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Faculty

Under age-discrimination laws, college professors, like most American workers, can’t be forced into retirement. Congress ended mandatory age-70 faculty retirement in 1994, after the National Academy of Sciences predicted the change wouldn’t increase professors’ average retirement age.

Colleges and universities are experimenting with strategies—from financial incentives to life coaching—aimed at coaxing veteran professors into starting the next chapter of their lives.

Faculty members are finding exciting new directions once they retire from their tenured professorships. But data suggests that faculty members are waiting longer to retire than they once did, with sometimes problematic implications for their institutions.

Incorporating the local: A four-story atrium in Salisbury University’s 224,000-square-foot, $117 million library features a grand staircase with the silhouette of Chesapeake Bay crabs that was designed to echo colors of the nearby ocean.

While 98 percent of librarians in a 2015 Gale/Library Journal survey wished for better communication with faculty, only 45 percent of faculty expressed the same wish.

This gap presents both a challenge and an opportunity for libraries to make a case for their usefulness to faculty, in both their teaching and scholarship.

To promote faculty use of the library, Salisbury University in Maryland created a dedicated Faculty Center, including comfortable spaces and conference rooms to foster interaction among professors and instructors across disciplines.

Leigh Greden is advisor to the president, and Russ Olwell is interim director of government and community relations at Eastern Michigan University.

Programs to help employees purchase housing near campus have gained favor in the past decade. A housing program that improves neglected areas only increases the profile and potential of the entire campus community.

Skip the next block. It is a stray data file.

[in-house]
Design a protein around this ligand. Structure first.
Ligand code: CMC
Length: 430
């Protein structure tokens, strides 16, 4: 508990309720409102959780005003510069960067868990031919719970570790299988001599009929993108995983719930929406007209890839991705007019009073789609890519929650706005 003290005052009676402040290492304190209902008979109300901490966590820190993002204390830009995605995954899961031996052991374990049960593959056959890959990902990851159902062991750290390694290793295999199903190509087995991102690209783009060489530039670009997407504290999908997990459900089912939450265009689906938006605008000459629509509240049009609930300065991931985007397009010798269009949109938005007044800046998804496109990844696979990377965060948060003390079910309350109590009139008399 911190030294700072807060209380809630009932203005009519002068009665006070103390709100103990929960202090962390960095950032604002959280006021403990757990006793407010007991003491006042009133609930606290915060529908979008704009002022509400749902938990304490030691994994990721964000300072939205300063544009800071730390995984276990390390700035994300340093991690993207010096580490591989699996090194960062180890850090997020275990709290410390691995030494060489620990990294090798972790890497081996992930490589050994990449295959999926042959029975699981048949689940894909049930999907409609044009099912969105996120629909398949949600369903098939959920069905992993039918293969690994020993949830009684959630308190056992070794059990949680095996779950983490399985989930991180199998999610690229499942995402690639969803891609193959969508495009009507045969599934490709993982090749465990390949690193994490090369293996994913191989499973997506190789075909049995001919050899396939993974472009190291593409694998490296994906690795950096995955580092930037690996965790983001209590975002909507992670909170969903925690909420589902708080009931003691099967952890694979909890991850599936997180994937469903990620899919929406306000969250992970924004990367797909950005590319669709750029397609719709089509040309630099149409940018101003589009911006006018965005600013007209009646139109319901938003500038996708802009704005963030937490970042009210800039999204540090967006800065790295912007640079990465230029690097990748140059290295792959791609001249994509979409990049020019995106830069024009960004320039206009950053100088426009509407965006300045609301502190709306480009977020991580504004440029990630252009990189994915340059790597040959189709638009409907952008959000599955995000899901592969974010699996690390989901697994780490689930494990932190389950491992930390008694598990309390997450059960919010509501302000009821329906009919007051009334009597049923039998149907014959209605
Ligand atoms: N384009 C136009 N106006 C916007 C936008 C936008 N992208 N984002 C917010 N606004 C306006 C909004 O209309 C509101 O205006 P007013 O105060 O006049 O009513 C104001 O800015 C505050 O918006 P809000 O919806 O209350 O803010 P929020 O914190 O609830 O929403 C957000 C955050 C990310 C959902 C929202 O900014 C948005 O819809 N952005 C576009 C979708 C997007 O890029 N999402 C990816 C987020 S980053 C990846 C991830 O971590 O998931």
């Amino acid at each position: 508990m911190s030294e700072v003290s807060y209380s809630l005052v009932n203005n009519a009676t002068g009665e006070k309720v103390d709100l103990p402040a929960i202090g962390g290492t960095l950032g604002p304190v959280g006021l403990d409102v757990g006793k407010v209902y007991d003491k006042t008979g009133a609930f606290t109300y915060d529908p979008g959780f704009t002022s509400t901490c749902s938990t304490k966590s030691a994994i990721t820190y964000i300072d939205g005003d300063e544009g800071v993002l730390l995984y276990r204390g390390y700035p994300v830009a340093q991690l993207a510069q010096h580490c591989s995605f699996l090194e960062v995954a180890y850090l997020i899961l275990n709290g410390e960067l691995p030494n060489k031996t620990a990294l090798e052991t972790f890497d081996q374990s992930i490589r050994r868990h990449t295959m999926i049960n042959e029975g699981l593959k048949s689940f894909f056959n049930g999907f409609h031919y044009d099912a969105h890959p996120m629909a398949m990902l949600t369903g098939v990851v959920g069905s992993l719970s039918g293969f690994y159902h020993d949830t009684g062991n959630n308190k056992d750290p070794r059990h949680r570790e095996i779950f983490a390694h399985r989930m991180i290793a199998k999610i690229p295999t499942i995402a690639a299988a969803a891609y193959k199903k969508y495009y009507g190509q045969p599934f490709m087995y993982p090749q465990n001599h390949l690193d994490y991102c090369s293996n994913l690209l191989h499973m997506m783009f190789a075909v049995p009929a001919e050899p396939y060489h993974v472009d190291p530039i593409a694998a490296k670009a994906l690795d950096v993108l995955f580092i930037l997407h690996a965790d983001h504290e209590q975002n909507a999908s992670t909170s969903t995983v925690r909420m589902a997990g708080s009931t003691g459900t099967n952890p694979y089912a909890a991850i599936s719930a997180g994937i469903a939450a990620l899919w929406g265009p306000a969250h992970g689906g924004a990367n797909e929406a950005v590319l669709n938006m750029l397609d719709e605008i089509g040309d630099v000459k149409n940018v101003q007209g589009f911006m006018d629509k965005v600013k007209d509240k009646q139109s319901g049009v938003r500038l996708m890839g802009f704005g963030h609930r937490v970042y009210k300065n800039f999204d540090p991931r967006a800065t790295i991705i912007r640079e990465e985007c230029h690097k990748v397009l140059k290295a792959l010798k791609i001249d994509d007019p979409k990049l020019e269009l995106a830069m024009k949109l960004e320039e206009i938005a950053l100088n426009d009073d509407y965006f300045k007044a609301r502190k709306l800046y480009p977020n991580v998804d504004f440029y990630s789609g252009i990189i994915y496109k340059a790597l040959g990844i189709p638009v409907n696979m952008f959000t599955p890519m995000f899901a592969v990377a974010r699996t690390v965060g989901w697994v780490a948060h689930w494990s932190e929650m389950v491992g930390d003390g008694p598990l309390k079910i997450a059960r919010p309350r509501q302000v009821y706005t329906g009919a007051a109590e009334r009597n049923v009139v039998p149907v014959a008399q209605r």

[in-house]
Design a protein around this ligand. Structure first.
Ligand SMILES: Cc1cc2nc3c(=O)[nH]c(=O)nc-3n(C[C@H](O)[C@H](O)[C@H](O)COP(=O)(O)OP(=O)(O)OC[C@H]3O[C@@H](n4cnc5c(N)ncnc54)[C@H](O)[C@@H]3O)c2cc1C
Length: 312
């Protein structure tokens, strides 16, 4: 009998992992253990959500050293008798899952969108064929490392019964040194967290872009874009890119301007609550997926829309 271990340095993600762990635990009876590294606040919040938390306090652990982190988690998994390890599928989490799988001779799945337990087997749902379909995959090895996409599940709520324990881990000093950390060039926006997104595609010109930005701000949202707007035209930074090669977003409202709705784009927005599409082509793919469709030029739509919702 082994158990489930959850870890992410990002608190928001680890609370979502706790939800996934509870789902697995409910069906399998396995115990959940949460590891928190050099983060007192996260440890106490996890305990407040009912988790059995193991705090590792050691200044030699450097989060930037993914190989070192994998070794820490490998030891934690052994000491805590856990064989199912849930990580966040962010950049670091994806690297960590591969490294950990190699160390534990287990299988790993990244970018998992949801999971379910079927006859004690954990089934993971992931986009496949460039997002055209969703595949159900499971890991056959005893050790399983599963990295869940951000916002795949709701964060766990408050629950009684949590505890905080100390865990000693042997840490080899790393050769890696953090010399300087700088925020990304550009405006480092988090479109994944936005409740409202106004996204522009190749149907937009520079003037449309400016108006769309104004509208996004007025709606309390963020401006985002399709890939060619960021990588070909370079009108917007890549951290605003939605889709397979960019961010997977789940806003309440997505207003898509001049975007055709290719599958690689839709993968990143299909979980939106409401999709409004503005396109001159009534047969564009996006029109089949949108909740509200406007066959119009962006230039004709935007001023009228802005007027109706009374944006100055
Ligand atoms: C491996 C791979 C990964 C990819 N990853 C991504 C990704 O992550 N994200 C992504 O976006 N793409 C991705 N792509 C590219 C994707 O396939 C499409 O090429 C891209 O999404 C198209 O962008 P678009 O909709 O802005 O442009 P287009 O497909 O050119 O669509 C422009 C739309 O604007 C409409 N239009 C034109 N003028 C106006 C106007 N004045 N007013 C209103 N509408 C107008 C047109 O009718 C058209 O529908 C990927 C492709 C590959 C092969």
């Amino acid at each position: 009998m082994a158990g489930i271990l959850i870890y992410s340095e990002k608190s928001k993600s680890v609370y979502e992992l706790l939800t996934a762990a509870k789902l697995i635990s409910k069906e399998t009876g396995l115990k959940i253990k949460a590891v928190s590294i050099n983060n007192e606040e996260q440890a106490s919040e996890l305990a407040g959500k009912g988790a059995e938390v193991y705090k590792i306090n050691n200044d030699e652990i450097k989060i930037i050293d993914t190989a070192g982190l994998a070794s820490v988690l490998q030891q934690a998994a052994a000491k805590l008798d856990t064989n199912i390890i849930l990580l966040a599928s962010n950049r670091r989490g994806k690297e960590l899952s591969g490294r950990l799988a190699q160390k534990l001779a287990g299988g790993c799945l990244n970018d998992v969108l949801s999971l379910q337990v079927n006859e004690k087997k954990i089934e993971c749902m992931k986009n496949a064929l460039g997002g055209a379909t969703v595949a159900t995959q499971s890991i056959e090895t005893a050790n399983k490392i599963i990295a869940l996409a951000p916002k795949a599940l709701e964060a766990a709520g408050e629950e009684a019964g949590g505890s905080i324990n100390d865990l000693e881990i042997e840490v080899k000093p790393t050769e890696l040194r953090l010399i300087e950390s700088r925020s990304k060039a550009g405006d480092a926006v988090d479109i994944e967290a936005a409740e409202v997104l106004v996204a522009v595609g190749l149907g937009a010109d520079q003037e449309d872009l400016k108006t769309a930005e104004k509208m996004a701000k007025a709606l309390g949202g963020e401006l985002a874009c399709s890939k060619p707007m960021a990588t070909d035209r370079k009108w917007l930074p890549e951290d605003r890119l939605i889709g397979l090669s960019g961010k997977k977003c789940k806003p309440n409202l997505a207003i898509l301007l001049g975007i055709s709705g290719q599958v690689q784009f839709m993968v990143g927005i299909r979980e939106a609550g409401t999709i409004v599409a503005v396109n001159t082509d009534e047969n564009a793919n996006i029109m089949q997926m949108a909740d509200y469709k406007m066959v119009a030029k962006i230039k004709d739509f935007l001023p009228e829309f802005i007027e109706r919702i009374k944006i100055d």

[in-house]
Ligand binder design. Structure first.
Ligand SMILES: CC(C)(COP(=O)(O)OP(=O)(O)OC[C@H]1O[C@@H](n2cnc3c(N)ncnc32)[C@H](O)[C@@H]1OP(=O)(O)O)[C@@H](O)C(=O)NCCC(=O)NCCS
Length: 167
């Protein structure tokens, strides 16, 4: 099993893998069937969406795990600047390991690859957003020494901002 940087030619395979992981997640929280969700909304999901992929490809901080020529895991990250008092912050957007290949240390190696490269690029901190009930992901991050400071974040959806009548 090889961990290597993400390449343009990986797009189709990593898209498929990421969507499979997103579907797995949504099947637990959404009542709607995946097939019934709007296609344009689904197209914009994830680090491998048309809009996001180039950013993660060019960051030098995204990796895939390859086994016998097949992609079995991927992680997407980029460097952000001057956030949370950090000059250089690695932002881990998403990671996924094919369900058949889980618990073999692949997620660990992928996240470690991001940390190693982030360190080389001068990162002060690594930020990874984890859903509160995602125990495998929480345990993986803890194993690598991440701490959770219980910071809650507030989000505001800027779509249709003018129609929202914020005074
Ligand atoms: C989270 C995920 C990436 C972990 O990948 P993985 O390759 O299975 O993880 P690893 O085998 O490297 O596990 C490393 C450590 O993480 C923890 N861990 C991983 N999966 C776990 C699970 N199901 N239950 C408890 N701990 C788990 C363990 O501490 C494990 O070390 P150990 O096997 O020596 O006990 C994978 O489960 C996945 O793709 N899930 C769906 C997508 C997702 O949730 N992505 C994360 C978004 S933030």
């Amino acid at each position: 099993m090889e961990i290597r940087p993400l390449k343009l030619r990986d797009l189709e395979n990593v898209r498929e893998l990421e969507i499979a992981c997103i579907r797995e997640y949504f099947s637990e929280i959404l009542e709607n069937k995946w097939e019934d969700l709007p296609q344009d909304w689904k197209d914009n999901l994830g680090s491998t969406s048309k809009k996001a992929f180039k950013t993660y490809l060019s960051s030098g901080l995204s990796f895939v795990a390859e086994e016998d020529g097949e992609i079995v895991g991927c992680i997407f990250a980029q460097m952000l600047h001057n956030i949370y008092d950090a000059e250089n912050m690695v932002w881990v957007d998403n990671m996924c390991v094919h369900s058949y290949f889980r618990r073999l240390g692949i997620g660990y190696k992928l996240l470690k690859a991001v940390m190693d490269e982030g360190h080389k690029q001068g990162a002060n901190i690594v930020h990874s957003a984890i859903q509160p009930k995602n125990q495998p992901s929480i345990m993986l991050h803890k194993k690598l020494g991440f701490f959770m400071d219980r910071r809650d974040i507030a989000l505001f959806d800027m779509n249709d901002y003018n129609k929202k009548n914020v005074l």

The national PhD Project has encouraged about 1,000 professionals of color to leave the corporate world to become business school professors.

Lack of diversity among faculty and administrators compounded the racial tensions that drove a wave of student protests—and a handful of high-level resignations—on campuses across the U.S. in the fall of 2015.

Cynthia Brandenburg is an associate professor and the immediate past president of the faculty senate at Champlain College. Mike Kelly is an assistant professor and the current president of the Champlain’s faculty senate.

As faculty members at a small, tuition-driven private college in the northeast, the familiar refrain of contemporary higher education in shambles rings in our heads.

How will our college’s low-endowment—combined with less than optimal name recognition—reconcile with the declining number of high school graduates in our region? How will the arms race of amenities and the pressures of increased regulations direct the college’s scarce, but stable, resources to places outside the classroom?

In 1969, three-quarters of faculty at U.S. colleges and universities were tenured or tenure-track. That number dropped to just above one-quarter in 2013. (Click to enlarge)

Colleges and universities have made spending on administrators and part-time instructors a higher priority than raising salaries of core faculty members who have the biggest impact on learning, says a new report from the Campaign for the Future of Higher Education.

Rick Cherwitz is a professor in the Moody College of Communication and faculty fellow in the Division of Diversity & Community Engagement at The University of Texas at Austin.

The “faculty contract” is a process by which faculty, in consultation with their departments and colleges, negotiate—and then, over the course of time—renegotiate their work product. This would institute greater flexibility and autonomy in determining the work product of faculty.

Students at UC San Diego walked out in solidarity with adjuncts at the university.

Faculty and students who demonstrated during the first National Adjunct Walkout Day on Feb. 25 aimed to raise awareness about the working conditions faced by part-time instructors. Despite the day’s title, walkouts were not only discouraged by many unions, but illegal in some states.

The United University Professions (UUP), SUNY’s labor union, has defended funding for public higher education—which has decreased nationwide by about 25 percent since the Great Recession. (Only two states, Alaska and North Dakota, have increased funding.)

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